By: Ted Dabrowski and John Klingner
Illinois’ political elite have signaled time and again they want to tax Illinoisans’ property more than they already do. Some Chicago Fed economists want a statewide property tax to pay for pensions while Chicago Mayor Lori Lightfoot wants a real estate transfer tax for the same thing.
They obviously don’t care about how much damage the state’s failed policies have already inflicted on Illinoisans’ property values.
A Wirepoints review of median home values across the nation found that Illinois ranked 45th in median home value growth between 2005 and 2017, according to the U.S. Census. The earliest available census data is from 2005.
Illinois home values only increased a paltry 6 percent over the entire period, far short of inflation, which was up 26 percent.
In contrast, home values in the top 10 states increased by 54 to 120 percent.
Many people rely on their homes to provide for their financial and retirement security. Often times, that’s where their entire net worth is. The more values grow, the better off residents are.
In Illinois, politicians have destroyed residents’ ability to create wealth through homeownership.
By comparison, Illinoisans’ neighbors all saw their nest eggs grow.
Iowa and Kentucky median home values grew 40 and 36 percent, respectively. Missouri and Indiana’s grew between 25 and 30 percent. And even slower-growing Wisconsin still saw its median home values increase 17 percent – triple that of Illinois’.
In fact, Illinoisans would be tens-of thousands of dollars richer today if their home values had just managed to grow at the national average.
Wirepoints ran property numbers with Zillow’s support and found that Illinoisans have lost out on $270 billion in total additional home value since 2008. That’s more than $66,000 in additional wealth per household that Illinoisans have missed out on.
The Chicago price
Chicagoans in particular have been hit hard since 2000 when it comes to their home values. Windy City residents would have been far better off today if they’d owned property in any of the other nine cities that make up the Case-Shiller 10-City Composite Home Price Index.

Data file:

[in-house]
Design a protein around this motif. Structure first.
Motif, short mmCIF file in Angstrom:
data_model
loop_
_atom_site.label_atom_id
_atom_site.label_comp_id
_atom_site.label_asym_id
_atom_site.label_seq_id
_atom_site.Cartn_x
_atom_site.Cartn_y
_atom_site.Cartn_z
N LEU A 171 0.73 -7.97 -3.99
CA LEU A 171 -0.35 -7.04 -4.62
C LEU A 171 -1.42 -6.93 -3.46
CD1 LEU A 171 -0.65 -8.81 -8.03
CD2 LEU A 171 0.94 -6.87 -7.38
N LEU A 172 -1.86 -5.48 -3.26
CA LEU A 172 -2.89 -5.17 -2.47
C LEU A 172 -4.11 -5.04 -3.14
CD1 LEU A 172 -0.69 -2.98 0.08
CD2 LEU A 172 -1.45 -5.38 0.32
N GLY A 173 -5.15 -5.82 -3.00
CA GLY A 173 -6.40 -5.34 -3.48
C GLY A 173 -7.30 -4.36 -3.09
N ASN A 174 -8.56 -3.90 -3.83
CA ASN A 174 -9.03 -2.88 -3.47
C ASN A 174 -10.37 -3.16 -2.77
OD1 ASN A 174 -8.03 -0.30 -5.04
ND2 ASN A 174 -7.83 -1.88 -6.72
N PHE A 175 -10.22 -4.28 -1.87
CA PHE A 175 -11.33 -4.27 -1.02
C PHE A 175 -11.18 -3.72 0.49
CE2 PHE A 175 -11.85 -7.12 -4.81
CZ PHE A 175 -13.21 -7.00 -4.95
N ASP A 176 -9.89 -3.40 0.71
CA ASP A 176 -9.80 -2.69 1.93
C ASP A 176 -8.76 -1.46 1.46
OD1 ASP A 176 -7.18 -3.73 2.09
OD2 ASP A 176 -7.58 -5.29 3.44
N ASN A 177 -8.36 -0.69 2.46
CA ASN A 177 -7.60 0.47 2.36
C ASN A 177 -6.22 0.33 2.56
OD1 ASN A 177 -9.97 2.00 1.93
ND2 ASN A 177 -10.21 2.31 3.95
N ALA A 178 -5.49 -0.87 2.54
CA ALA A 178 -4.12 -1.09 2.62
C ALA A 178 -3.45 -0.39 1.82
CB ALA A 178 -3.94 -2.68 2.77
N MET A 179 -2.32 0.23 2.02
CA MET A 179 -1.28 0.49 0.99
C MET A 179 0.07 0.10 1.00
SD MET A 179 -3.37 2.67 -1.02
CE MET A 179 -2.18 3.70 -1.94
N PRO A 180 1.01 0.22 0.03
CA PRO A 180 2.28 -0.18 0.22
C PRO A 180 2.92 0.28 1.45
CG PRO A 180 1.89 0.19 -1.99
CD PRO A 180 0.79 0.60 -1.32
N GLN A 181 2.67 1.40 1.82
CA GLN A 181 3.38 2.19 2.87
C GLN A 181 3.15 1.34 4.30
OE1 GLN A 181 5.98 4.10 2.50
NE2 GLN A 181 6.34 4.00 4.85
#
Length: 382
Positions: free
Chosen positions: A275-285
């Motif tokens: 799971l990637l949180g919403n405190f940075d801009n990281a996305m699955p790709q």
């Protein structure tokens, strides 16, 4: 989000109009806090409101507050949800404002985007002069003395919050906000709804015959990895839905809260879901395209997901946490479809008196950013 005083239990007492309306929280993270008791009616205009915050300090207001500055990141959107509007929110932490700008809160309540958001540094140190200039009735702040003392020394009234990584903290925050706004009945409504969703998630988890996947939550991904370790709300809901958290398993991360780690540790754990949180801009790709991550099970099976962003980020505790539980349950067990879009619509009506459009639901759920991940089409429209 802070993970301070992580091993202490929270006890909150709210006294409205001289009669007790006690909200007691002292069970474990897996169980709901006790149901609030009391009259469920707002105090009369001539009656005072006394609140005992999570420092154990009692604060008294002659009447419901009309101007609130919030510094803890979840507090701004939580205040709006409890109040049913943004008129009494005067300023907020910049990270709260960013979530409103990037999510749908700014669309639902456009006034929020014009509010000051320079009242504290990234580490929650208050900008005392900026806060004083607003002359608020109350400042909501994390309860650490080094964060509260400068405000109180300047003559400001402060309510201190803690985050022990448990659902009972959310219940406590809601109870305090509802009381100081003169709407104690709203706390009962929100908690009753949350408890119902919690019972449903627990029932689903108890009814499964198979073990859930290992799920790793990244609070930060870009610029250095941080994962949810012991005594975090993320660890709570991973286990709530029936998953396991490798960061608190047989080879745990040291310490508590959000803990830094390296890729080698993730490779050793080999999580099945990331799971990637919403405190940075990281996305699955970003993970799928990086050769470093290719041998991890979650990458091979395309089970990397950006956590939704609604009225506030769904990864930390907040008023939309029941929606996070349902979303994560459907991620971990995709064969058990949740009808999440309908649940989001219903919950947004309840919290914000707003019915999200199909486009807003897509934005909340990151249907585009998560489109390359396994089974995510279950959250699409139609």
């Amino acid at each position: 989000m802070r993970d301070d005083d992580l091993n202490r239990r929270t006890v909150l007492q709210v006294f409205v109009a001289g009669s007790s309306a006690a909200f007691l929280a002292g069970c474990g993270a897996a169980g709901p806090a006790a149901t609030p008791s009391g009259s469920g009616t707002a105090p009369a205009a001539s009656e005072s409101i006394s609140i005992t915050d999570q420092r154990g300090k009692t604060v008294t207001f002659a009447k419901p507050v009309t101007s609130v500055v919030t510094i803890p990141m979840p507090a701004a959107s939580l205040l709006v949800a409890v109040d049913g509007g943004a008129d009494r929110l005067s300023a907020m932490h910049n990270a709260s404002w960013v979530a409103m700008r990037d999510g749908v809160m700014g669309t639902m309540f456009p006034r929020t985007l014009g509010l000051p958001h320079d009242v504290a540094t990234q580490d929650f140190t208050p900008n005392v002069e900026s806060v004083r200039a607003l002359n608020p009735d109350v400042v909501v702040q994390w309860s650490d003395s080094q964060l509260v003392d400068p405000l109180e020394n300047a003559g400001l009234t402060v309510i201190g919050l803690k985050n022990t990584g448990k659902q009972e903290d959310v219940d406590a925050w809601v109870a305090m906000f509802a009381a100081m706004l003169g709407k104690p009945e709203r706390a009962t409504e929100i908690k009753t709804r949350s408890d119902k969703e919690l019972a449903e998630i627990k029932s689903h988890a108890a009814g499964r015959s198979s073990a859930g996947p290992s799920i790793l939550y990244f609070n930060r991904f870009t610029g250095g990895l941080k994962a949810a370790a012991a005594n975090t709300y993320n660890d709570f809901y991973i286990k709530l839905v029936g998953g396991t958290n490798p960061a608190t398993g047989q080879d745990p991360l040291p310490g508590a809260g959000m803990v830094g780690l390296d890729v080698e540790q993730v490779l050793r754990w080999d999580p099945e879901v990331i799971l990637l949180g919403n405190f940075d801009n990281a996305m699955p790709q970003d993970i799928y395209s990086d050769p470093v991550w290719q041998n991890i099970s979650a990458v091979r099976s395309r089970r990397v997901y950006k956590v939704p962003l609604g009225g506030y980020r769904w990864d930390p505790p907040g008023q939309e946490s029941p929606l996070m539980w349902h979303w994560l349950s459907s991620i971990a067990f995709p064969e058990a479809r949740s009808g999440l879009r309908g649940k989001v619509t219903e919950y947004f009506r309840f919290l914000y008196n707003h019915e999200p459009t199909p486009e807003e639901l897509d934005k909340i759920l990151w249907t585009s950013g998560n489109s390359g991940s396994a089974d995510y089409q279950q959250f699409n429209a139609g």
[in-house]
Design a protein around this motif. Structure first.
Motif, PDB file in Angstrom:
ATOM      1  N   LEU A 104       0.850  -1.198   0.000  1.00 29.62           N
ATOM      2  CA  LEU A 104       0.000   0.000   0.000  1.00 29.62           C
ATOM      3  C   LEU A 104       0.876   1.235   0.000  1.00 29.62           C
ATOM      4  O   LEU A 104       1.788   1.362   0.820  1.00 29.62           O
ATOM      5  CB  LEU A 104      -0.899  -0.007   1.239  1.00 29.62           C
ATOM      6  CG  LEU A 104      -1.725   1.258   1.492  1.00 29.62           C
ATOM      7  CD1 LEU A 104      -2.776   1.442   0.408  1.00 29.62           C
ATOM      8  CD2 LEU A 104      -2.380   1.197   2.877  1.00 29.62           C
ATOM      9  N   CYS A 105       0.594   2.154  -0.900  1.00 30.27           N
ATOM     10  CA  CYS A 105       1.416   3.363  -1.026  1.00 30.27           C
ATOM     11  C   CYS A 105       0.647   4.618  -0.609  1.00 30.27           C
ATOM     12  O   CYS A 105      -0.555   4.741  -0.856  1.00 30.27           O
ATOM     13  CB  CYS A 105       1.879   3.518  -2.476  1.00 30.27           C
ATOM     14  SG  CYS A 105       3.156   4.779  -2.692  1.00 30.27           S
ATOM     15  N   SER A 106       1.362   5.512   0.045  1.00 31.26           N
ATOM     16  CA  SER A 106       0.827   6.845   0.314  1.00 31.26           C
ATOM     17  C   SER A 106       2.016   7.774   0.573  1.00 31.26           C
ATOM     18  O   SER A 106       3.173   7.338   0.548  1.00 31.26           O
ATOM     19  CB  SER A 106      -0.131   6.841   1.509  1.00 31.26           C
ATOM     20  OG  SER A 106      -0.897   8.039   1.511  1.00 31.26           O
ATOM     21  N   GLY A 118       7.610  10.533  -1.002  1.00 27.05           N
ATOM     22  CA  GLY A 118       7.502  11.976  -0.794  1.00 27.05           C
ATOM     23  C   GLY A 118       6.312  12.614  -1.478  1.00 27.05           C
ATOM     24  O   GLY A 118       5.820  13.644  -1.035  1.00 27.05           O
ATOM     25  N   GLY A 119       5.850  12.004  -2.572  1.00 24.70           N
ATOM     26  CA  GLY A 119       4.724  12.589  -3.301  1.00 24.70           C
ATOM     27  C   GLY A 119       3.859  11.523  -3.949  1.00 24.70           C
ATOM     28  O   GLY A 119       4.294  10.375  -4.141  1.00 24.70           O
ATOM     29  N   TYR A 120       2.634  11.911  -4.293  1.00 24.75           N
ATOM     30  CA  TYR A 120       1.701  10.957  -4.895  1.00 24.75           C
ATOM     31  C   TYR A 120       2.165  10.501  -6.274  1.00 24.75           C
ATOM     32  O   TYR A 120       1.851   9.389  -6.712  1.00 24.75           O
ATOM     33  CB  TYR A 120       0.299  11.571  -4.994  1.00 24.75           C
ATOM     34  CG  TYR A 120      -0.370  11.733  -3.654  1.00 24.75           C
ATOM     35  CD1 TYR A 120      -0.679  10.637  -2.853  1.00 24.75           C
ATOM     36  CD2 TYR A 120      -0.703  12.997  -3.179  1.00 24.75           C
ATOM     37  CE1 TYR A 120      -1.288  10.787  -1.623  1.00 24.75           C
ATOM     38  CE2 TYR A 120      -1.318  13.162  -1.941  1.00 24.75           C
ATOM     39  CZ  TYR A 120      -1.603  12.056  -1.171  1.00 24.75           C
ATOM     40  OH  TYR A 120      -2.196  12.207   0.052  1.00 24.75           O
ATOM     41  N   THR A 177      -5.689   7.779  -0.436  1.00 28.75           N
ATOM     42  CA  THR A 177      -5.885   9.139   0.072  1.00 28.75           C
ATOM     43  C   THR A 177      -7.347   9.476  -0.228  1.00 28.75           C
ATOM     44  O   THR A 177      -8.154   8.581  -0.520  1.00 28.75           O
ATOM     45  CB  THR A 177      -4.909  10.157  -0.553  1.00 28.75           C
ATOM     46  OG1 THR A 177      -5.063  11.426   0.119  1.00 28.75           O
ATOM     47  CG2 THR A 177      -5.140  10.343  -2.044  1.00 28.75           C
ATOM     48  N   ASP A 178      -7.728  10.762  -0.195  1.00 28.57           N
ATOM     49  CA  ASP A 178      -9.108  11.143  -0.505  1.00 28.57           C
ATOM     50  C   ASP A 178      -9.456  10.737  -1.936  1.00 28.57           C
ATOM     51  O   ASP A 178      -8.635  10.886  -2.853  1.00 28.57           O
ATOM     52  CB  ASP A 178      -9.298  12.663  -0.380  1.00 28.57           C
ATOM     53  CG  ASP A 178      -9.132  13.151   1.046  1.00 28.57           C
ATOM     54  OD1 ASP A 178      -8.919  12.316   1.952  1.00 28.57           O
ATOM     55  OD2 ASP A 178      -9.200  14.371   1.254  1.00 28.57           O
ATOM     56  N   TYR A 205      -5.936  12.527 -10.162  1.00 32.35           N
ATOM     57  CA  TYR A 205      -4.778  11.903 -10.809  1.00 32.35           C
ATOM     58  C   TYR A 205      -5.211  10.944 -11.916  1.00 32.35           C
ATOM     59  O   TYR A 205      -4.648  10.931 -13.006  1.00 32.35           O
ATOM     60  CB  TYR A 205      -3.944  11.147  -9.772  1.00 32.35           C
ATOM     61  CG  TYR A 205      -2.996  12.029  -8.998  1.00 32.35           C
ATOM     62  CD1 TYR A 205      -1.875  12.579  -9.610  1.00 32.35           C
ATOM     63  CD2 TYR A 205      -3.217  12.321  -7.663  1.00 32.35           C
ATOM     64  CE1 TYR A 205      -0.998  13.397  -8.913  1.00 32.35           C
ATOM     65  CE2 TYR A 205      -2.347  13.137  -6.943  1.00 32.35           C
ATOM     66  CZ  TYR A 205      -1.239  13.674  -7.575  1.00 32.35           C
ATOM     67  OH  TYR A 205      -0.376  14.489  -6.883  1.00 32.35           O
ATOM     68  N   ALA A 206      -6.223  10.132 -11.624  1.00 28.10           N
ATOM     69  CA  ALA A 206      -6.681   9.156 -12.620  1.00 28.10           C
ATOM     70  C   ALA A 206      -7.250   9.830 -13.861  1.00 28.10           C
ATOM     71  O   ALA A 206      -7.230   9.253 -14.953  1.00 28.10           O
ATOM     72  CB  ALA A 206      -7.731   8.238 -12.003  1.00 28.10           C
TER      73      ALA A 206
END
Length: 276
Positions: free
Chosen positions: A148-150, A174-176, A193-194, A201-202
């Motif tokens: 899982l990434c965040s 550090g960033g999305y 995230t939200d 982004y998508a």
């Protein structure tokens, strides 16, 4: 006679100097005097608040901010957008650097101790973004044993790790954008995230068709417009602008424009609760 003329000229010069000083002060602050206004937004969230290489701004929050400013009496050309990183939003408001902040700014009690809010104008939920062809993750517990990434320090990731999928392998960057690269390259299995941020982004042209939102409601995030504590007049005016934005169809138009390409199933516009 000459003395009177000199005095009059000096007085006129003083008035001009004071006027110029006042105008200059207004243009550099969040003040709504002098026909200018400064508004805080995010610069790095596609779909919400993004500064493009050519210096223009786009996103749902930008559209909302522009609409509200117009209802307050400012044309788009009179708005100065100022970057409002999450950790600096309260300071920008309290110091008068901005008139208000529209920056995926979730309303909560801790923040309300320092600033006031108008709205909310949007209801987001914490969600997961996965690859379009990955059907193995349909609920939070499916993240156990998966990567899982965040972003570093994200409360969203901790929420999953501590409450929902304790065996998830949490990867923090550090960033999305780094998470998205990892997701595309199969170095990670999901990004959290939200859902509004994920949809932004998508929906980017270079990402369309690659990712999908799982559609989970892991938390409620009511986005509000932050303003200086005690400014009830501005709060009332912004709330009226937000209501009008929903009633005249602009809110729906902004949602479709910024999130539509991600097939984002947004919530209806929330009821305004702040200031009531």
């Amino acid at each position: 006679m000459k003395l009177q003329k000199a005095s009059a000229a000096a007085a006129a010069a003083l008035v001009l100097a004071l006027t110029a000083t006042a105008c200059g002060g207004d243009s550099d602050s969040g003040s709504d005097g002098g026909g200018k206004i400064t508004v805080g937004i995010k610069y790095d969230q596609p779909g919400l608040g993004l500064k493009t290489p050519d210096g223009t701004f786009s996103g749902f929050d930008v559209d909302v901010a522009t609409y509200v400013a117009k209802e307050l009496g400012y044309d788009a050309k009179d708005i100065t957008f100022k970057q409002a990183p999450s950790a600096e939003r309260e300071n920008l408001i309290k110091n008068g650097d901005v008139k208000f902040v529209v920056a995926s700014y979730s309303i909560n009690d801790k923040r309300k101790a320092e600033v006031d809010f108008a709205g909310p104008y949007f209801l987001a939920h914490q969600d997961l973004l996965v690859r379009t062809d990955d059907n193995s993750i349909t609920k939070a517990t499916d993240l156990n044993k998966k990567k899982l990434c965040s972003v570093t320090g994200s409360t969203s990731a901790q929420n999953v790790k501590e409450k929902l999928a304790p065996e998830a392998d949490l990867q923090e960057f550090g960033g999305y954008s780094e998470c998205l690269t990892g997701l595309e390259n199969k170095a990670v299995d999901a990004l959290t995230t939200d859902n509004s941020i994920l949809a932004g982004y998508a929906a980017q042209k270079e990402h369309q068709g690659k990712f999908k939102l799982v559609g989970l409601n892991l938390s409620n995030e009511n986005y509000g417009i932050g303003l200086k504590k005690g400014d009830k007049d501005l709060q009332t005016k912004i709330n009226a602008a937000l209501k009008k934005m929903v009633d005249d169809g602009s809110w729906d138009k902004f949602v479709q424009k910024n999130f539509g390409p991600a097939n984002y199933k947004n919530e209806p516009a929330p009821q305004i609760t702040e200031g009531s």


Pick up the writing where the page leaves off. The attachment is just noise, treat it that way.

Home prices in the Windy City have grown just 44 percent since 2000. By comparison, inflation was up 46 percent over the same time period.
Meanwhile, home prices in Los Angeles grew four times that of Chicago’s, or 181 percent. Prices in Miami, up 143 percent, and Washington D.C., up 130 percent, have grown three times more than those in Chicago.
Even Las Vegas – which suffered a big collapse in values during the Great Recession – has seen its home prices rebound and grow double that of Chicago’s.
There’s no need to debate precisely why Illinois’ growth in home values is so much worse than in other states. There are plenty of reasons. Anemic income growth. Too much state and local government debt. Rampant political corruption. Disappearing working- and middle-income jobs. And the nation’s highest property taxes and the stream of out-migration have something to do with it, for sure.
Another way to say all that is Illinois politicians have run the state into the ground with decades of failed public policies.
And look for their next “big idea,” a progressive income tax scheme, to make things far worse.
Read more about how slow-growing property values and rising taxes drive Illinoisans out of state:
- Subpar Home Appreciation Cost Illinoisans a Quarter-Trillion Dollars Over Ten Years
- Illinoisans still waiting for home values to return to pre-recession levels
- Leaving Illinois: One woman’s search for better opportunities in Atlanta
- Illinois’ lethal combination: Rising property taxes and stagnant incomes
- Chicago’s south suburbs struggle under Springfield’s continuing neglect
- Leaving Illinois: One family’s math